We’re focusing a lot right now on determining how we redesign our website. We’re looking at a 360 assessment tool that can help a company identify where they are on their digital transformation path related to areas of interest, like customer care or workflow automation.

We’re trying out different platforms that can look at all of the data that’s being tracked and captured. How do we bring that back into the organization and reuse that for business intelligence? We’re looking at solutions that are able to aggregate data from CRMs, from your ERP, from your website and bring it all together into one single view of the customer. This is not only useful to allow good insight for the sales rep when they eventually connect with the customer, but then taking all that data in aggregate and looking at it from a business intelligence perspective. Perhaps we can show where we’re weak in a specific area, or that there’s a gap here, and how do we fix that? We’re not there yet, but that’s the vision. There’s huge opportunity right now. I love the digital piece of my job!

Like the best marketers, you sound like an early adopter when it comes to technology.

My whole mindset is “let’s try it.” If it doesn’t work, we can fail and fail quickly, but we have to try it out and take that risk – otherwise you never learn.

Where are you investing the most within your departments this year?

We’re focusing on much more aggressive SEO and PPC types of digital marketing strategy. We are retargeting and working with online communities, especially in the tech space, to do some advertising to get our name out there to attract more net new logos. For a long time, we’ve been marketing to our current customer base and concentrating on cross-selling products to that base. That market is now pretty saturated, so it’s time to work on expanding our client base.

Is this new effort All Covered focused?

Yes, and especially now because of the work from home and flexible work momentum. Everyone is focused on cloud services and security.

Wasn’t All Covered already marketing to these groups?

It’s interesting because the majority of the All Covered business is in the SMB market, which aligns really nicely with the MFP. What we’ve found, though, is that the people who are buying MFPs are oftentimes not the same people buying things like cloud services and network security. So even if our sales folks are proposing a bundle and we are creating promos every quarter to bundle in, say, a Google Chromebook with an MFP and cloud services, it actually holds up the MFP sale in some instances. So we’ve had to un-bundle the items and offer vouchers for some pieces to use later, which defeats the purpose.

Focusing more attention and marketing resources to pure IT services sales will allow us to get net new growth in this area of the business that is really booming right now and also potentially bigger deals than simple bundling programs allow for.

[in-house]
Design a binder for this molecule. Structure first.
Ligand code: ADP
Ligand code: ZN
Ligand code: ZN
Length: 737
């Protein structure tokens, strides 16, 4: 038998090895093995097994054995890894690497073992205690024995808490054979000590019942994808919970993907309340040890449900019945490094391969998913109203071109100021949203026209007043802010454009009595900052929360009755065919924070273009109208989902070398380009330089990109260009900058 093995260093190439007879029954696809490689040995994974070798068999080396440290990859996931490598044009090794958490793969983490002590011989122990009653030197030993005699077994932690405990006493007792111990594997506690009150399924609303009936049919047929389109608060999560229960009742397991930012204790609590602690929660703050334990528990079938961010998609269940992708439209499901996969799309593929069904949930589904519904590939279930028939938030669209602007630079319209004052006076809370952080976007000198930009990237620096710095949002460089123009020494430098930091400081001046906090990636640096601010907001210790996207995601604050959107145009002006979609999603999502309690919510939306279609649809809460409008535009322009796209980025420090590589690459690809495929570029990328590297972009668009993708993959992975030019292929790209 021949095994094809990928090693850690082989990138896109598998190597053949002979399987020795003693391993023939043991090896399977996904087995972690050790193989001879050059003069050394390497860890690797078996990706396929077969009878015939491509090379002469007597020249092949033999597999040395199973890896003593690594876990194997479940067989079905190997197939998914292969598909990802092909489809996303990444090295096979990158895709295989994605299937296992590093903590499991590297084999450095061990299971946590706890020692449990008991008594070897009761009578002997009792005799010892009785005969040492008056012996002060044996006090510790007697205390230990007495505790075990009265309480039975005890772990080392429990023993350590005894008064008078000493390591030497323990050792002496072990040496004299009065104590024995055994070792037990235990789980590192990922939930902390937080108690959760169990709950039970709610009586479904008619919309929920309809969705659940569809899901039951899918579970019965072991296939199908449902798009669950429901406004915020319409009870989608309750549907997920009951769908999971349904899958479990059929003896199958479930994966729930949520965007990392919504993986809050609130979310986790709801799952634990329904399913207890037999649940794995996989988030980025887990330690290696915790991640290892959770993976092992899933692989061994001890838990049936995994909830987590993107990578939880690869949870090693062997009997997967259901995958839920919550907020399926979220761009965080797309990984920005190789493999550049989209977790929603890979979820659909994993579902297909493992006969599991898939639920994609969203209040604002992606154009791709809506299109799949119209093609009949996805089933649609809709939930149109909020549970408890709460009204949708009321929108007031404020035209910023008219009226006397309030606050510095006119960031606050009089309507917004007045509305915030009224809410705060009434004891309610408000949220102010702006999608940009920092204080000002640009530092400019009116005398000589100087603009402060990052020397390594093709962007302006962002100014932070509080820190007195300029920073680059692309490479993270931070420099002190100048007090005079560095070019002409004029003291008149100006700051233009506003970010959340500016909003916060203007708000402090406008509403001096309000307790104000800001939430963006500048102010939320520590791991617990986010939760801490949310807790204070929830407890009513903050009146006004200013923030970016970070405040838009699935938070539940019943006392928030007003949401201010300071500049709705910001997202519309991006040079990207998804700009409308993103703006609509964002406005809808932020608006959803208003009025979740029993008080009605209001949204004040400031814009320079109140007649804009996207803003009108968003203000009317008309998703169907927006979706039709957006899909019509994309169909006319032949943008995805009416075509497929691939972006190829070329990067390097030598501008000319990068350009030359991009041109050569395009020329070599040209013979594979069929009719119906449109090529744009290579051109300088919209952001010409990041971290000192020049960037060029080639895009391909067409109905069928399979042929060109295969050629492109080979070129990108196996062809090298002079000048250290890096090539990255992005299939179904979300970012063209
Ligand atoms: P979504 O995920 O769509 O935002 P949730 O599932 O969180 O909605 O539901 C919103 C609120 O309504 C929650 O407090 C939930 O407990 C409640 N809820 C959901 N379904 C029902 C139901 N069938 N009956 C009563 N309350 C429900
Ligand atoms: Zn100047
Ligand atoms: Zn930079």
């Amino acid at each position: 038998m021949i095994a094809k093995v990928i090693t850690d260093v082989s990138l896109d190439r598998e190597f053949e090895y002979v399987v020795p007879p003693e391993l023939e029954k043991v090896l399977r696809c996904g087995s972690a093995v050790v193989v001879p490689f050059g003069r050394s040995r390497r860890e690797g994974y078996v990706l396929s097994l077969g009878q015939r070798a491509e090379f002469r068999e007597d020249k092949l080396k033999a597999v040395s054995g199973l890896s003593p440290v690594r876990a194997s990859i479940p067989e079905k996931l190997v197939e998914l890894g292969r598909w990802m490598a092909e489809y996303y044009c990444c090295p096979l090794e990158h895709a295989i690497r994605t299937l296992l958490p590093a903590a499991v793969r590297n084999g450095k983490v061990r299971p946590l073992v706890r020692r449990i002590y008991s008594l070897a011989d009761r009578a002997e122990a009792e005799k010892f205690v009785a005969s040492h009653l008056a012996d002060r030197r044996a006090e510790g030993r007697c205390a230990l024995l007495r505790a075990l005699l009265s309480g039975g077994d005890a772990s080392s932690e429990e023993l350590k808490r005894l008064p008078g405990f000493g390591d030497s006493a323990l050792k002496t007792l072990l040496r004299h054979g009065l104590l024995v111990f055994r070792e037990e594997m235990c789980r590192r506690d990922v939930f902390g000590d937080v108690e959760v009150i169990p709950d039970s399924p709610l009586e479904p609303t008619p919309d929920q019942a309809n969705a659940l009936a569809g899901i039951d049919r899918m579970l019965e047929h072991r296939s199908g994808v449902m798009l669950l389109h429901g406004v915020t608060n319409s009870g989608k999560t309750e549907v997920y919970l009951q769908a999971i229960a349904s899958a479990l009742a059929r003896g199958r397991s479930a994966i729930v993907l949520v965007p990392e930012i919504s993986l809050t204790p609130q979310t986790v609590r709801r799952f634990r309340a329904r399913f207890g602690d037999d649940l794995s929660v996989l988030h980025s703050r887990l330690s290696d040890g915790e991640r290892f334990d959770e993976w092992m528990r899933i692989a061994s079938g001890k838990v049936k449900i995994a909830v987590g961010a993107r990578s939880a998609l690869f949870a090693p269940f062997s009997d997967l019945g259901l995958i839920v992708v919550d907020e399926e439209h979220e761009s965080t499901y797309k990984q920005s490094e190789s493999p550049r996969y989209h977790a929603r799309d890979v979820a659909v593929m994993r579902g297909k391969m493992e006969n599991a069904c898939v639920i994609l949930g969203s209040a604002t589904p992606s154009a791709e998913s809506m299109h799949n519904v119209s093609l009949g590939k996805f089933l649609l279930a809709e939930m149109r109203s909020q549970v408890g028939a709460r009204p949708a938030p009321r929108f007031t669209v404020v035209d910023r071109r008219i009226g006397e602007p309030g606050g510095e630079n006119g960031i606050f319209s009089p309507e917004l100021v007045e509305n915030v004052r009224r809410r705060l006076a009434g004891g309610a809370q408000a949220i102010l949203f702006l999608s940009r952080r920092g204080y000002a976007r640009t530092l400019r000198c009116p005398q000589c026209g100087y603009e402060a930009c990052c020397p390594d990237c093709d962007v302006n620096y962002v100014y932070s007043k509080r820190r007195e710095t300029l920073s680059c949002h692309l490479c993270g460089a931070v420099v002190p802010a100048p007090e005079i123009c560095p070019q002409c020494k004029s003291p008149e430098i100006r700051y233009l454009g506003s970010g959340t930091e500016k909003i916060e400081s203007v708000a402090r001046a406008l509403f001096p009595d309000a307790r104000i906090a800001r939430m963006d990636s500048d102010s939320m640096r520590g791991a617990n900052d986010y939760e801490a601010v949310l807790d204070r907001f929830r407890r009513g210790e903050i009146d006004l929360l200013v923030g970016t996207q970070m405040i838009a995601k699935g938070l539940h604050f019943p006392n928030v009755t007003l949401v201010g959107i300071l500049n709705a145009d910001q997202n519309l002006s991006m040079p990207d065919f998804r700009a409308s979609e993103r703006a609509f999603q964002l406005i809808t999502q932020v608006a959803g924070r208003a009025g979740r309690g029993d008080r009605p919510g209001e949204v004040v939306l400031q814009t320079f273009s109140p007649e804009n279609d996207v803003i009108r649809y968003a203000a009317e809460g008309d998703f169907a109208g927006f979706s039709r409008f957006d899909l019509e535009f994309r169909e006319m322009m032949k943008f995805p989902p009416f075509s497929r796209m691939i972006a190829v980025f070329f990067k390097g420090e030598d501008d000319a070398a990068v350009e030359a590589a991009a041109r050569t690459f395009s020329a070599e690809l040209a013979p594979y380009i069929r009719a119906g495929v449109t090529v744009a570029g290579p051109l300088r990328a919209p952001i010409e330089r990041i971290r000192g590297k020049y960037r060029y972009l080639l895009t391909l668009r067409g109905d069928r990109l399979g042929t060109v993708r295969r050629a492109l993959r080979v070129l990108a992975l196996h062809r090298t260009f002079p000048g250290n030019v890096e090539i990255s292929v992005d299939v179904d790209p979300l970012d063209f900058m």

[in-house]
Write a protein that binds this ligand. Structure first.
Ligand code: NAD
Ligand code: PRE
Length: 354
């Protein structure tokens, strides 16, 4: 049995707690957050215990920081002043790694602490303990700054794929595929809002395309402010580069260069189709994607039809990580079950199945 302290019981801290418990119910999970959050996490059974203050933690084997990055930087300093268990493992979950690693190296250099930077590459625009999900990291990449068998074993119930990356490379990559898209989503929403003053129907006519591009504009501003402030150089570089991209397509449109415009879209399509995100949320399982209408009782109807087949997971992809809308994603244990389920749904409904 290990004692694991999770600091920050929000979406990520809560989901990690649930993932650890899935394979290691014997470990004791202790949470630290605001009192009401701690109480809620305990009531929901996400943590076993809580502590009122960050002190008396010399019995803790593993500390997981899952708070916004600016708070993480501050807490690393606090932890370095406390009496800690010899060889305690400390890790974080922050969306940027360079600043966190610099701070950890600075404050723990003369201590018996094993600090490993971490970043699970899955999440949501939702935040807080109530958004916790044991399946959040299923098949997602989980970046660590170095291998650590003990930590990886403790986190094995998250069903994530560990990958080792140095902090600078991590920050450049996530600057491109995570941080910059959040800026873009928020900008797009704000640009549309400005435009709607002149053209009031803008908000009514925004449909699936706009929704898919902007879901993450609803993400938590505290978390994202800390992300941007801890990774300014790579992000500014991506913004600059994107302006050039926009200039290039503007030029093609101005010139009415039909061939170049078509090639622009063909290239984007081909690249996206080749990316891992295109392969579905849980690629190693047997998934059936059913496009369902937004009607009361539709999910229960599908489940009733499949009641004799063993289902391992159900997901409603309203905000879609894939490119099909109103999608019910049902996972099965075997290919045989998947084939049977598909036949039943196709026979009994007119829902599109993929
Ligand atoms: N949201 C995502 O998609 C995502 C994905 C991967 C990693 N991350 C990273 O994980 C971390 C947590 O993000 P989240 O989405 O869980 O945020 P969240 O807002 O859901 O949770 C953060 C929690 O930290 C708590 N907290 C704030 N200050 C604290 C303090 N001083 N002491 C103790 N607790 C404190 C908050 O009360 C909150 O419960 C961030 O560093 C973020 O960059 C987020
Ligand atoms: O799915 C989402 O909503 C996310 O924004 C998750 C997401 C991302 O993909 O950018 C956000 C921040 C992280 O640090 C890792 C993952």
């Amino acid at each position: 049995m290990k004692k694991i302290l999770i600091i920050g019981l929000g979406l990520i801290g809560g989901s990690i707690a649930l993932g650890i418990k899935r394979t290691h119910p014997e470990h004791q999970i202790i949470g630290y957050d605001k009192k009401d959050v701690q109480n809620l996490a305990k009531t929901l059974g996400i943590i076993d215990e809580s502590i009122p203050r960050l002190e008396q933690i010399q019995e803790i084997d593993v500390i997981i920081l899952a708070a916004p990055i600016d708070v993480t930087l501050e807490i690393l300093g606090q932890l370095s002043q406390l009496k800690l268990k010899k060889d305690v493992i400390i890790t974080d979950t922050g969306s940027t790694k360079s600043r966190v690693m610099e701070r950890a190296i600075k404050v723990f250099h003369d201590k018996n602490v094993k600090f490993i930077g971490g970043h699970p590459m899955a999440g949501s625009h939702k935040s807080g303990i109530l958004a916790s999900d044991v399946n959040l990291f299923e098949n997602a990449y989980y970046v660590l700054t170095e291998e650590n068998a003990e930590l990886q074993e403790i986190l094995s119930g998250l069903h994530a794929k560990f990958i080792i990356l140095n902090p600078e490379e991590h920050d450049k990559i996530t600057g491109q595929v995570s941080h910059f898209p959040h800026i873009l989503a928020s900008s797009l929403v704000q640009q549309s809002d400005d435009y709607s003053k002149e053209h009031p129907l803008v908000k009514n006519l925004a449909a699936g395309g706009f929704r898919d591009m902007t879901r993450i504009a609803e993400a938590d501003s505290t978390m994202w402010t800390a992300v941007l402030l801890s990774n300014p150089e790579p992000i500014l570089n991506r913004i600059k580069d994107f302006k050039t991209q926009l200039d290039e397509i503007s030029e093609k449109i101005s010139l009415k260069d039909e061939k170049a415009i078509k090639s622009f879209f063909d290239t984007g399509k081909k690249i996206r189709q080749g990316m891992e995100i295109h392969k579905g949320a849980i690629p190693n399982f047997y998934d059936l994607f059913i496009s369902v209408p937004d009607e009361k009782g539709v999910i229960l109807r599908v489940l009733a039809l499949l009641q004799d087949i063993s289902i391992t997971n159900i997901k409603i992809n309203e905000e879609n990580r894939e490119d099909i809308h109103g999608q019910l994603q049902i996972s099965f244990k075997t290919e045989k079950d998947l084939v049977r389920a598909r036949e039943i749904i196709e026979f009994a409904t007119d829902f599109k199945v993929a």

What is your greatest concern for the industry right now?

I am worried about the dealers and how they will be able to sustain their momentum. How will they adjust to the new market conditions? There are dealers that are relying a lot on that output and service revenue and we’ve seen a dramatic drop in that in our direct base alone. It’s starting to come back up as businesses are reopening, but I do worry. Konica Minolta is lucky because we’ve diversified – we have an entire portfolio of non-hardware products and services we are selling, but if hardware is your bread and butter, I don’t know how you’ll survive.

What do you consider your greatest achievement?

I’m really proud of our Step Forward program. I think it’s been a very good way for us to reach our employees. Konica Minolta has just hired a diversity and inclusion director. There’s going to be a lot more focus on this going forward. Previously we didn’t really have a good venue for talking about career-related items.

The program during COVID has been much more about health and wellness and being mindful, teaching ways to take care of yourself and how to deal with stress. We were able to use the platform to reach many more employees than we would have been able to otherwise. I’m hoping it was helpful for everyone, and I am proud of how it has evolved.

We will get back to focusing on women, however, because that still is a huge need out there. I recently read a McKinsey report showing how many women have left the workforce during COVID. Then came the report that 100% of the jobs lost in the month of December were women!

California and NASDAQ both have laws now that require women to sit on public boards, so now all of the NASDAQ companies are going to be required to have diversity in gender, race and/or sexual orientation on their boards. I think that’s amazing because it gives women and minorities more opportunity to get on those boards, have exposure and have their voices heard.

You’ve been an excellent interview – now for some fun stuff: If your team members were to describe you in three words or phrases, what do you think they would say?

Fearless, focused, and serious. I hope they also think I am fun and inspirational. [Interviewer’s note: Absolutely!]

Last question – who is your go-to music choice?

I love Taylor Swift. But I have started listening to Bruno Mars again.

I’m voting Bruno Mars and leaving us all with some inspiration – who doesn’t need a little Uptown Funk right now? Make it loud! 

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Patricia Ames
Patricia Ames is president and senior analyst for BPO Media, which publishes The Imaging Channel and Workflow magazines. As a market analyst and industry consultant, Ames has worked for prominent consulting firms including KPMG and has more than 15 years experience in the imaging industry covering technology and business sectors. Ames has lived and worked in the United States, Southeast Asia and Europe and enjoys being a part of a global industry and community.
Patricia Ames

Patricia Ames

Patricia Ames is president and senior analyst for BPO Media, which publishes The Imaging Channel and Workflow magazines. As a market analyst and industry consultant, Ames has worked for prominent consulting firms including KPMG and has more than 15 years experience in the imaging industry covering technology and business sectors. Ames has lived and worked in the United States, Southeast Asia and Europe and enjoys being a part of a global industry and community.